Tuesday, March 27, 2012

Why we keep coming back to Jay Peak...

Yeah, yeah, the post title is smarmy. But when Steve Wright puts something like this up on the rarely used official Jay Peak Weblog, you have to say "right on!"

The piece starts out with a blah, blah, blah about current snowmaking locations but the heart of it is here:
Part of me wants to say that the decision to make snow was a well thought out, strategic plan because it makes us sound smarter than we actually are but, as with many things up here, it was pretty knee jerk. Snow wise, the season has pretty much sucked but, in all honesty, we’ve made enough money so that making a few bad decisions this late in the season won’t shutter our doors. Really, when this boils, it’s a nod to our season pass holders- the ones we have now and, sure, the ones we may pick up as a result of holding our brand to the fire. When you commit an entire season to one business—not just your cash but, more importantly your time, making some snow and staying open a few extra weeks as acknowledgment isn’t exactly an act of heroism on our part; based on who we are and how we’ve positioned ourselves, we’d be stupid not to. Still, there’s something about everyone here being excited to do it, that makes me proud to work here.
Click here for the entire post:

Which, by the way includes a low-key pitch to sign up for the early season deal on a season pass. Which, by the way, are about 12% more than last year. But still a lot less than many other eastern resorts.  I bought a pass this season and am afraid to do the math. Oh, well, I guess that's the price we pay for being raised Jay. Now we are committed.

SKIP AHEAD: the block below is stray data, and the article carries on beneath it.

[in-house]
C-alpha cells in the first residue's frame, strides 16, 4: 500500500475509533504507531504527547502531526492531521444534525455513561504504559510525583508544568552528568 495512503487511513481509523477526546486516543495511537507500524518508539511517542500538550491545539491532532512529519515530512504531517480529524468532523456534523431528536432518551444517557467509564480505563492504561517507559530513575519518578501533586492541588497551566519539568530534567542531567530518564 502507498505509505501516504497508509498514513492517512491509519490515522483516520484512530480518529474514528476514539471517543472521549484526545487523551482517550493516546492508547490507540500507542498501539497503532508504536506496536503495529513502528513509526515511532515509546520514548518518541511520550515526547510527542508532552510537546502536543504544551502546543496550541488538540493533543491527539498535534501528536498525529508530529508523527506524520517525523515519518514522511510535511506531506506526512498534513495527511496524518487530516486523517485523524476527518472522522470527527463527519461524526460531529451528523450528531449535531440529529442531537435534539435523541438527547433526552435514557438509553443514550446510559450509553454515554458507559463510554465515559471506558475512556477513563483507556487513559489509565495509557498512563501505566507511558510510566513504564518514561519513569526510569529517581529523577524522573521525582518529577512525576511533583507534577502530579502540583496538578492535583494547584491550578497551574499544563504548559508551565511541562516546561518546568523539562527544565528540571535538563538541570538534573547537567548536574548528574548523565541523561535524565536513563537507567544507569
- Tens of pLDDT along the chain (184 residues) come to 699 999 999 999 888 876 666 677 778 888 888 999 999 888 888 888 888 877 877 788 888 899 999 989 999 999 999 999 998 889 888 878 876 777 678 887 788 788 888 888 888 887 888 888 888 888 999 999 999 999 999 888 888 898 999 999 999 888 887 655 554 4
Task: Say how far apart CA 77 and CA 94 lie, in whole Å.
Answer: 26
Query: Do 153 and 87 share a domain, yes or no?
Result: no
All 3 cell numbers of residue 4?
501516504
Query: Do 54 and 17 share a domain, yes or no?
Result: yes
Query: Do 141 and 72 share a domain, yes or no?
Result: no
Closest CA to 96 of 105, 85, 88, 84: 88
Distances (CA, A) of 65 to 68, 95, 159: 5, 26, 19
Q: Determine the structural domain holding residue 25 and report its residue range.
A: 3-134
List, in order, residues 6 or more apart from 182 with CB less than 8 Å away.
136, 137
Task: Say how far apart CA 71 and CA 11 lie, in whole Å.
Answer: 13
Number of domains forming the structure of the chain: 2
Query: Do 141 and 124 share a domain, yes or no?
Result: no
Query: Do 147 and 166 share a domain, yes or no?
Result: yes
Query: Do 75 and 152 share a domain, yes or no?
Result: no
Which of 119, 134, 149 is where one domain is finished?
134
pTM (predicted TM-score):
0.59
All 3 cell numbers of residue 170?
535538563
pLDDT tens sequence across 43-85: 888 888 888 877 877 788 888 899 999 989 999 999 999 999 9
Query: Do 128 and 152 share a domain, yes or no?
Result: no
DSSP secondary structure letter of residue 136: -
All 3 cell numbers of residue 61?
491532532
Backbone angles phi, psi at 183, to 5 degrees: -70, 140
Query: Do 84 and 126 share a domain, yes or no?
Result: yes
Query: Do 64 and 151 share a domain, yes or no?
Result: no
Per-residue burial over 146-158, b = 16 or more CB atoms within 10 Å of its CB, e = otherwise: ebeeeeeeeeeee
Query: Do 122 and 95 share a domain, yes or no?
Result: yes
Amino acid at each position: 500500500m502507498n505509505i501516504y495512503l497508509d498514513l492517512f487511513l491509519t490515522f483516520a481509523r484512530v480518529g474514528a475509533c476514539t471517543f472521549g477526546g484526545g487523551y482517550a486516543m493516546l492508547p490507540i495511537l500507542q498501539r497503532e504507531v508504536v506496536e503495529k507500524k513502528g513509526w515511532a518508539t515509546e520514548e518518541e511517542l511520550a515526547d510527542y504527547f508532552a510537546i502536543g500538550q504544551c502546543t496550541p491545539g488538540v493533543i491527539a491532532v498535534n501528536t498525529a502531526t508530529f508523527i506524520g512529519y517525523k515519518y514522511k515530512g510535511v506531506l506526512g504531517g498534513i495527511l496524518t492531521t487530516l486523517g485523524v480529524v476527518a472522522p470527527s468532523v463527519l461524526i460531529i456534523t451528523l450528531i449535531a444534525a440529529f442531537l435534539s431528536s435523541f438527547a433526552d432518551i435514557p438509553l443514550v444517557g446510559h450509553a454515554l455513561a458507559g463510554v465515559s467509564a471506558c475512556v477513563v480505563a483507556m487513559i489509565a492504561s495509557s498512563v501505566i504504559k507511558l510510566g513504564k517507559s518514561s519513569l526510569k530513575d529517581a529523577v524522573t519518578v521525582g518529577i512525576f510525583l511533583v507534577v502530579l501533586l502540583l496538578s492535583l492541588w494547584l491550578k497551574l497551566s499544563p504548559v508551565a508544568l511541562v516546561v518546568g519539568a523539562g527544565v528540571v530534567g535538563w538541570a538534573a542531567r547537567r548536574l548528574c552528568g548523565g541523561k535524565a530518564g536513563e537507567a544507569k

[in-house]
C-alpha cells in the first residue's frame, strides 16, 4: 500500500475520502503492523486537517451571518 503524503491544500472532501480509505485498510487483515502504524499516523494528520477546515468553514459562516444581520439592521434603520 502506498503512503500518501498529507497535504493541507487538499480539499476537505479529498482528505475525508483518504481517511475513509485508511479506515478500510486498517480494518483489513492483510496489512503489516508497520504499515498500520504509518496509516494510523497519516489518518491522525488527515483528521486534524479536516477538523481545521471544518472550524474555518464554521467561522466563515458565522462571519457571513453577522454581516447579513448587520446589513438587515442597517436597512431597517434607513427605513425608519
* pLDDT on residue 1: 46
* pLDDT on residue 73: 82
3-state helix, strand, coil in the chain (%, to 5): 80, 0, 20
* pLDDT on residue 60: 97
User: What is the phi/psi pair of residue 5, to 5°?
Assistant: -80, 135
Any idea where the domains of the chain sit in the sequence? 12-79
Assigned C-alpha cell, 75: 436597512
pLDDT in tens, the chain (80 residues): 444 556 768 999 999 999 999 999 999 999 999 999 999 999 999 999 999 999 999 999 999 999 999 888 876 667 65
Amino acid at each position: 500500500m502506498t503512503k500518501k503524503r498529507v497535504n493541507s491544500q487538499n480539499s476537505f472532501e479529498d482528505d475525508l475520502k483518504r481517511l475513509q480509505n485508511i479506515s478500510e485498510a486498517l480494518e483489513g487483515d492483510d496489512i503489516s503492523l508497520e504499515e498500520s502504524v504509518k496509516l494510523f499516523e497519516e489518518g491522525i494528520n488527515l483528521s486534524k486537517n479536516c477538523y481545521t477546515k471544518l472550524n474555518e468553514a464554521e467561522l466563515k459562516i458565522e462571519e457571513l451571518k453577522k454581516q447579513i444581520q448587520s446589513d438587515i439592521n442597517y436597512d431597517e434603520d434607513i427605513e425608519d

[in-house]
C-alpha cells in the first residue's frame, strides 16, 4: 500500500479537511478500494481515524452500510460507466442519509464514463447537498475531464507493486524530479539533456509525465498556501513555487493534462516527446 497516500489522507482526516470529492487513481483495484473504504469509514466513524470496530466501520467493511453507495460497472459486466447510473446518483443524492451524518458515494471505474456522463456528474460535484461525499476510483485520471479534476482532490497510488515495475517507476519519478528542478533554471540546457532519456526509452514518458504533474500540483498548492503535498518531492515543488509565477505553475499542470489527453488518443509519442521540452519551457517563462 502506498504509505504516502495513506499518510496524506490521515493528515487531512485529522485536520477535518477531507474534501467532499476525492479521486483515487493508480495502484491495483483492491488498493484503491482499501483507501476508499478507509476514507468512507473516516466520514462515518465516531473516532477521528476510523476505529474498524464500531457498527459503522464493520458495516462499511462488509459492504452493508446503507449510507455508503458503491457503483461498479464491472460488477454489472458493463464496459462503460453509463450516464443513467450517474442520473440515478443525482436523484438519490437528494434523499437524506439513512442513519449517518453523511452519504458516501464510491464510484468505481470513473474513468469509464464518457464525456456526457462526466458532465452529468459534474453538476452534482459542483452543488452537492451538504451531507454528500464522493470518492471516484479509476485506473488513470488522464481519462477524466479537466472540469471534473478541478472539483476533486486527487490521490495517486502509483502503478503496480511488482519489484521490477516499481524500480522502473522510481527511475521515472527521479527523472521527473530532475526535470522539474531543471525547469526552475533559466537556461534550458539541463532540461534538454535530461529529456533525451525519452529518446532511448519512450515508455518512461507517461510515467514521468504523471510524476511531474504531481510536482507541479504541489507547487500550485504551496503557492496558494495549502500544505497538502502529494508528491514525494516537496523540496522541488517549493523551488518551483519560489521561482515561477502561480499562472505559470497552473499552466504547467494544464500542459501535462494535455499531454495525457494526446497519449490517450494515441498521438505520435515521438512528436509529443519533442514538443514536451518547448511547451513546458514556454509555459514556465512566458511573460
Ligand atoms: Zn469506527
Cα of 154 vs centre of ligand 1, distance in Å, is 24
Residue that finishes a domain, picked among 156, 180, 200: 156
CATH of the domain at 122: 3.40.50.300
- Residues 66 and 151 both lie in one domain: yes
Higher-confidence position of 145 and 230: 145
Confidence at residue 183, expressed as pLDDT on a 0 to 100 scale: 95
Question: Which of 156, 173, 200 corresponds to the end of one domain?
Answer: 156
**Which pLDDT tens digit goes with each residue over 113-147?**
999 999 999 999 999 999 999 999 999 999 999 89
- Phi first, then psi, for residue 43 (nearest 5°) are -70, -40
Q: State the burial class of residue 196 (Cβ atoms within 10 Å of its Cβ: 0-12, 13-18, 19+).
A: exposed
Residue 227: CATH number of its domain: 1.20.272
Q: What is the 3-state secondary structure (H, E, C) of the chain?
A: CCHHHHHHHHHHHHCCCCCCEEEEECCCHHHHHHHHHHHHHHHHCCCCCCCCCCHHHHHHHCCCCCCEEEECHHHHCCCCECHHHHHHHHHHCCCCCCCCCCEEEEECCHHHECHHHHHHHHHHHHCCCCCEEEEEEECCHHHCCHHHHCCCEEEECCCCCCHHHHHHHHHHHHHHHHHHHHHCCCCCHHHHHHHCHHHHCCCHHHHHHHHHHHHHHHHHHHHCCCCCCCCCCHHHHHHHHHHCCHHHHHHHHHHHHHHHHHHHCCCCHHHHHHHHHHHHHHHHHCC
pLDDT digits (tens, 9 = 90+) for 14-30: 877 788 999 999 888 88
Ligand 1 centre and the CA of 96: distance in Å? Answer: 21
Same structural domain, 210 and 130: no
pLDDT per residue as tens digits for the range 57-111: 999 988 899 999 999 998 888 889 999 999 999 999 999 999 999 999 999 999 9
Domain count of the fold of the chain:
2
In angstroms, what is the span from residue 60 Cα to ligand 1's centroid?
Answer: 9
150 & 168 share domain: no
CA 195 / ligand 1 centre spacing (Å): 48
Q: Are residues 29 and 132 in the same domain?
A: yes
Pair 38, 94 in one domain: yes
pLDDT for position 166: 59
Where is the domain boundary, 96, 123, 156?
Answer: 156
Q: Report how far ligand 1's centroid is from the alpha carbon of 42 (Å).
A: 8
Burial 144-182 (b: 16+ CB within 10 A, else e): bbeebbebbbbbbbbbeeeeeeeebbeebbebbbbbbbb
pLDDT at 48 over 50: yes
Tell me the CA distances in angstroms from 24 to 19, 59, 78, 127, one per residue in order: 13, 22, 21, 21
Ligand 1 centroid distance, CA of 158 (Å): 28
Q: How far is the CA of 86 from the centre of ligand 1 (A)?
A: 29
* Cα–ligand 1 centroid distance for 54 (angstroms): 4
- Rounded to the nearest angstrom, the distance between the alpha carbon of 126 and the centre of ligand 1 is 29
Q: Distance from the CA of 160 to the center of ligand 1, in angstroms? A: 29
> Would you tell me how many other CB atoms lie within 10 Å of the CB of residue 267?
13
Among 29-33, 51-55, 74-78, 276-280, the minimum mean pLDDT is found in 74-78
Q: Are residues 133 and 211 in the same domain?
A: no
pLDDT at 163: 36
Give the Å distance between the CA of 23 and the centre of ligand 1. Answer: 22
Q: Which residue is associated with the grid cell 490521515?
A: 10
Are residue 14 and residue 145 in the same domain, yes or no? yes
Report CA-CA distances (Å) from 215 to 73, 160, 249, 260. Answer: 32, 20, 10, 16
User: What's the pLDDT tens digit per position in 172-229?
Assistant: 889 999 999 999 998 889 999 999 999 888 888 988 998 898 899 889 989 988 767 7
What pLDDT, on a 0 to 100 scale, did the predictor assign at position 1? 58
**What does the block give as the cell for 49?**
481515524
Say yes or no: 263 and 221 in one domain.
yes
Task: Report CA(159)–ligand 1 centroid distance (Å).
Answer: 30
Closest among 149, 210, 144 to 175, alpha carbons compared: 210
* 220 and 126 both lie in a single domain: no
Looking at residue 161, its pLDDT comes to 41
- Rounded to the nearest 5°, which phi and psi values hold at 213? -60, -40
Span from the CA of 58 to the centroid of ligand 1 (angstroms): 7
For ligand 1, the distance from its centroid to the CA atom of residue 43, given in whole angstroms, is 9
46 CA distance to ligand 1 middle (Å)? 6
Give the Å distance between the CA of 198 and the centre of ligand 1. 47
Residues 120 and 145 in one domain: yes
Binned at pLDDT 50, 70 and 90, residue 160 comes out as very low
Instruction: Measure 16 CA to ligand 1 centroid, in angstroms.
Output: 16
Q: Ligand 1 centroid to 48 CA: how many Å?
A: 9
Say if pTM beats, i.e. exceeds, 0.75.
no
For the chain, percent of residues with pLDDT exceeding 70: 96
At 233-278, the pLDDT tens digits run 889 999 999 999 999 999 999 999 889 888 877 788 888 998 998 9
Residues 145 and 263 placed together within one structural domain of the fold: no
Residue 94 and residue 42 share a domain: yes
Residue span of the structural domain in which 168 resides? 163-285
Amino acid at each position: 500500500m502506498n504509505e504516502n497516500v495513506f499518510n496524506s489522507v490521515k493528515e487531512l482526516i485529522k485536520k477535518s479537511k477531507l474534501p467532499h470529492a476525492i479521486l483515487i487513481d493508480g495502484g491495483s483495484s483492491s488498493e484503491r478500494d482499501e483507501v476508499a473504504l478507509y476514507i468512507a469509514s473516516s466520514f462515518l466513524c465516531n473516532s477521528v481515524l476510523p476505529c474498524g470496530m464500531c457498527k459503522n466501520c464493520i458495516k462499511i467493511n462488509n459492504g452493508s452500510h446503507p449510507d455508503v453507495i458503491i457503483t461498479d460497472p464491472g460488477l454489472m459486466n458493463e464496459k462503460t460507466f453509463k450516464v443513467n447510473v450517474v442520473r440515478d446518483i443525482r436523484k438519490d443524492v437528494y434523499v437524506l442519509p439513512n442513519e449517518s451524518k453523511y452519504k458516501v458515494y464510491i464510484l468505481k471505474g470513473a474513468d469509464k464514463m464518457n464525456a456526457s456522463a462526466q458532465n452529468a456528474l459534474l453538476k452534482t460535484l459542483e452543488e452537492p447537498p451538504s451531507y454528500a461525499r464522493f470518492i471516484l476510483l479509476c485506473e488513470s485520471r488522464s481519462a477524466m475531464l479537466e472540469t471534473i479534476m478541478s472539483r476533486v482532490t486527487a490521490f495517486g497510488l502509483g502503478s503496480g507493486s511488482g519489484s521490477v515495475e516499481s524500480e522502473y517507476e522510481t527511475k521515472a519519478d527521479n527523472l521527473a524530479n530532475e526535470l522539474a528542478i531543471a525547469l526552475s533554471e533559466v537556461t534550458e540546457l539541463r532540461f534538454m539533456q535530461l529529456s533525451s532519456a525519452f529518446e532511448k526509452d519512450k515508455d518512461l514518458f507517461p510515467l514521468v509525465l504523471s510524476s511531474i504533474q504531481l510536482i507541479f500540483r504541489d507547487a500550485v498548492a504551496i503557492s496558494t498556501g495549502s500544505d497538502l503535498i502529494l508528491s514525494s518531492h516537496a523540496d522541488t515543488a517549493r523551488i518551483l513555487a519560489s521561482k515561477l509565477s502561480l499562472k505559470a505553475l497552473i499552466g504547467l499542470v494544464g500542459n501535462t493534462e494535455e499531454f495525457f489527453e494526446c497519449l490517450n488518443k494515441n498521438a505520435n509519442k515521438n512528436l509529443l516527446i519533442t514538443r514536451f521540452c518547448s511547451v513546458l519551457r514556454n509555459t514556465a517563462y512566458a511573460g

Thursday, March 22, 2012

Alice's Table: a second look in Year Two

A restaurant's opening blush can be like the first outing of a debutante. A new restaurant often sparkles, glitters and soars in the early going. But then like a date in the harsh light of the new dawn, really not the same magic!

But not at Alice's Table. On our recent visit, the hostess and the waiters were cheery, vigilant and helpful. Perhaps they may need a little polishing to serve at a Michelin three star restaurant but to a server, most accommodating and not annoyingly in the way of your conversation.

Often by a restaurants' second year the tables are not cleaned properly, and some crockery, cutlery and glassware show the stress of gracing table after table of ravenous eaters. Not so with Alice's Table: everything is still spick and shiny.

The menu stresses good clean rib sticking food like burgers and wraps and with nice starters. This trip we chose Mexican Quesadillas with savory shaved beef, plenty of cheese, sour cream and salsa and lots of jalapenos. Piping hot and just a great snack.  The perfectly spiced Bloody Mary and peppery Bloody Caesar paired perfectly and sang so loudly you thought you could hear the cries from a Mexican Bull Ring.

Speaking of that, the bill rang in at less then $40 including tip.  No gouging at Alice's Table!

Friday, March 9, 2012

A quick update from those "on the ground"

This just in from Monkey Centre:
Well, Dear Report, yesterday the heavens opened and bucketed rain on little Montgomery nestled below mighty Jay. The winds howled and snarled all night but somewhere near 4 AM the Snow Gods triumphed over the evil Rain Goblins. In the village 2" of new powder covered the layer of rain mixed with ice slush. Yea! Yea!